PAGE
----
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Guatemala City: Where Are The Crowds?

Our day begins at Guatemala City's Plaza Principal. Like Mexico City's Zócalo, this is a big open space, able to hold thousands of people. Unlike most of the town squares we've seen around Guatemala, this lacks green space, and it could really use some. Instead, the dominant features are the large central fountain, a vast flock of pigeons, and an enormous Guatemalan flag.

And while the Zócalo in Mexico city is a constant swirl of craft vendors, performers, short-cutting locals, and gawking tourists, Plaza Principal—like every other attraction we see in the capital—is a much quieter place. A few people sit on the fountain rim or nearby benches, a few more stroll around the edges, and one man feeds bread to the birds.

The beautiful National Palace lines one side of the square. Entering the building feels like stepping back to about 1870—but in fact this oasis of two- and three-storey ceilings, graceful courtyards, and elegant plantings dates only from 1943.

Tours in Spanish run frequently, and include the several large murals, the antique telephone switchboard, the big wooden ballroom that contains Kilometer Zero directly under a massive crystal chandelier—and at this moment (July, 2008), a temporary art exhibit.

Facing the palace, the National Cathedral fills the block of the square on the right. Although on a larger scale, this is typical of the Catholic churches we've seen in Guatemala: sparse white interior, lots of art on the walls, quite a bit of decoration in the altar area, and nothing resembling the gaudy churches we often saw in Mexico.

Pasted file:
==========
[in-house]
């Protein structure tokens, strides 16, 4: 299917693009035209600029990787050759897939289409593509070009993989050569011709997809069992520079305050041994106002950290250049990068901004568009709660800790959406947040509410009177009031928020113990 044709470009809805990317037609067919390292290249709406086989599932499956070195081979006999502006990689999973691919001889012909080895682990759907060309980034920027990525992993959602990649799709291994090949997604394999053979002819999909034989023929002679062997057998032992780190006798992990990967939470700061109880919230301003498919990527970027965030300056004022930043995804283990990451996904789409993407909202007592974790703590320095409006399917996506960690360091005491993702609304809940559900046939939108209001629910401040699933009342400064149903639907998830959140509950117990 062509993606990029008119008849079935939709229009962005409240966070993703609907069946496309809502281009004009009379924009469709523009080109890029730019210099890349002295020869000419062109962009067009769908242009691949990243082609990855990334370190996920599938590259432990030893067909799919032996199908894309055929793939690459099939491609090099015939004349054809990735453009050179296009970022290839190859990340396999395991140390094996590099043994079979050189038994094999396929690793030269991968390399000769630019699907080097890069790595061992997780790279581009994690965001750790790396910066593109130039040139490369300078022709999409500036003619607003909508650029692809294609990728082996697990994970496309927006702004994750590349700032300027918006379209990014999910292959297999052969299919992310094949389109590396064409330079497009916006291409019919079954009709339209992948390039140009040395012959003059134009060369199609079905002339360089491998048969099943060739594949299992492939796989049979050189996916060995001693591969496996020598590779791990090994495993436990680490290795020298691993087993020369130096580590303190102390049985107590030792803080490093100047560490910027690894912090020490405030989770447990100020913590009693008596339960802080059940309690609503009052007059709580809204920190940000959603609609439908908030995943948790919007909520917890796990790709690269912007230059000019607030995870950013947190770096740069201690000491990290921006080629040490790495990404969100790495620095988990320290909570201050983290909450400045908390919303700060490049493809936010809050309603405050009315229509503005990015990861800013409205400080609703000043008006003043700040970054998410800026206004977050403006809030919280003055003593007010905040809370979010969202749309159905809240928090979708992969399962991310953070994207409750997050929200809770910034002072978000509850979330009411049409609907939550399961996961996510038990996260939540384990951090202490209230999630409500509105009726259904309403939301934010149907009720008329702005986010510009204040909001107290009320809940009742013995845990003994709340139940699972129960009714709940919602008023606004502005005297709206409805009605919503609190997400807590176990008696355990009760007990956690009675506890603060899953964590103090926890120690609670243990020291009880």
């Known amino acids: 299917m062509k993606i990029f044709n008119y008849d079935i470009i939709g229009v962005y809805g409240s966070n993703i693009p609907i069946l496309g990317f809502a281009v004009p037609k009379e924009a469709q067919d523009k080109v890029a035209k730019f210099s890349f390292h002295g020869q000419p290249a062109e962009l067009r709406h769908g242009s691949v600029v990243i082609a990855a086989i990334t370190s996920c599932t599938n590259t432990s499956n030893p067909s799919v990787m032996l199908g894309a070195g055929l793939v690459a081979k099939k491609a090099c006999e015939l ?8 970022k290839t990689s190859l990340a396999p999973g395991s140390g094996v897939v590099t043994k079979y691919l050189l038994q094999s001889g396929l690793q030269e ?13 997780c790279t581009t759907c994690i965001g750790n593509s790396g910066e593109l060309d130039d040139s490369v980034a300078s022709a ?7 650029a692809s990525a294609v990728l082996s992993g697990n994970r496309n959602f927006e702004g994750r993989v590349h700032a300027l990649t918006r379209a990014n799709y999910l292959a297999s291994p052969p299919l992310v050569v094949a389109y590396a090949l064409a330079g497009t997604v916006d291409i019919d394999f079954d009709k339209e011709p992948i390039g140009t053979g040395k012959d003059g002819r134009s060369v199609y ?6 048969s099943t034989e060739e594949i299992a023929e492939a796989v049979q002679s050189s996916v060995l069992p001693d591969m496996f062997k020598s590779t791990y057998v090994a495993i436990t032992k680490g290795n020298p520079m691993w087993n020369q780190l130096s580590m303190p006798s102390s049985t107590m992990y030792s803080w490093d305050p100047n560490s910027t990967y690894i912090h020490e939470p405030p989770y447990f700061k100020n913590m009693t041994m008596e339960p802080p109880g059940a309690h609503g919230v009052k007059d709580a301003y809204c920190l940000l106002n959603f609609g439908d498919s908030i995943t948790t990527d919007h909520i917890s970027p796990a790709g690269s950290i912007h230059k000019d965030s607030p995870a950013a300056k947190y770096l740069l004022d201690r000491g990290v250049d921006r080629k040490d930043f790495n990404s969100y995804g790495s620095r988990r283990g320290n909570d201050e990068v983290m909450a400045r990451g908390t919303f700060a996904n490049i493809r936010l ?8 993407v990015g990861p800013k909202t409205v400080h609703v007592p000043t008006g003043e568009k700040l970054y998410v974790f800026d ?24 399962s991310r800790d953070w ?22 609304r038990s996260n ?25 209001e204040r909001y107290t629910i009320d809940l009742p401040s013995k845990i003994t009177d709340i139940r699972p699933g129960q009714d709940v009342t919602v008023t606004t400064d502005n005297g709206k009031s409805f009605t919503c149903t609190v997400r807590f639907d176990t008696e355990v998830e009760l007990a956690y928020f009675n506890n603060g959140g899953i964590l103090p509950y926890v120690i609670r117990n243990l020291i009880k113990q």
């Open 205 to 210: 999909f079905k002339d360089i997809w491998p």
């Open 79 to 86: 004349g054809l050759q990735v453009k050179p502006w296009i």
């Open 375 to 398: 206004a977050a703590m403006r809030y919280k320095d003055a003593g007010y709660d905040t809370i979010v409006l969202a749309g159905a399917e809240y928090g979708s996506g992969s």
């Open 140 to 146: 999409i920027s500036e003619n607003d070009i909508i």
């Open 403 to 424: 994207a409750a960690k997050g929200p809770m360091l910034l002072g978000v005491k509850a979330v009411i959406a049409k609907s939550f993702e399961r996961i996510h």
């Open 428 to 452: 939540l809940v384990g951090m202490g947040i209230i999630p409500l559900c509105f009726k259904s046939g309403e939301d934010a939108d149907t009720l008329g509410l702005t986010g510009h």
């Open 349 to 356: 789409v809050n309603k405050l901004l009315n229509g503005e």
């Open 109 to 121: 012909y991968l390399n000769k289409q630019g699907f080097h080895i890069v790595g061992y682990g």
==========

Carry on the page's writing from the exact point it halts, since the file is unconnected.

Behind the cathedral is an amazing experience: the Guatemala City artisan market. This great big barn, almost invisible from the street, could actually be described as tranquil compared to markets we visited in infinitely smaller communities like Santiago Atitlán or Antigua.

Selection is good, prices are reasonable (and open to negotiation)—and hardly any shoppers wander the aisles. And there we find the elusive chamarra we hadn't been able to locate in its home territory of Momostenango—a gorgeous and warm hand-woven wool blanket, for 160 quetzales or $20 U.S.

Our next stop is the National Archaeology Museum—and once again, we have the place almost to ourselves. While the pretty reddish-brown building is quite large, it only took an hour or so to go through. Well-organized by period, starting with pre-Columbian, it has quite a nice collection. And one could spend double the time, just by reading the long explanations in Spanish, but I didn't feel up to working that hard. While the 60 quetzal admission—Guatemalan citizens pay only 5—is expensive by local standards, it's quite reasonable given the collection's scope and breadth. Photos are allowed, but not flash.

At least two other museums are on the same Zone 13 campus: one on natural history, and the other on modern painting. Unfortunately, we had run out of time.

So where were the many residents of "Guate" (as all the bus drivers call it) that day? In their cars, apparently. While every attraction we visited was almost empty, the thoroughfares were absolutely jammed, and we spent an astonishing amount of time sitting in traffic.

Despite the traffic, it was a great day, all the more so because we'd come into the city with low expectations. All the travelers and guidebooks advised against even going, but we were visiting a family, and were glad we had the day there.

Shel Horowitz has written about travel experiences from meeting with peace activists in Israel to cooking in Mexico to getting around Los Angeles by bus. He is the editor of Global Travel Review and the author of The Penny-Pinching Hedonist: How to Live Like Royalty with a Peasant's Pocketbook and six other books.


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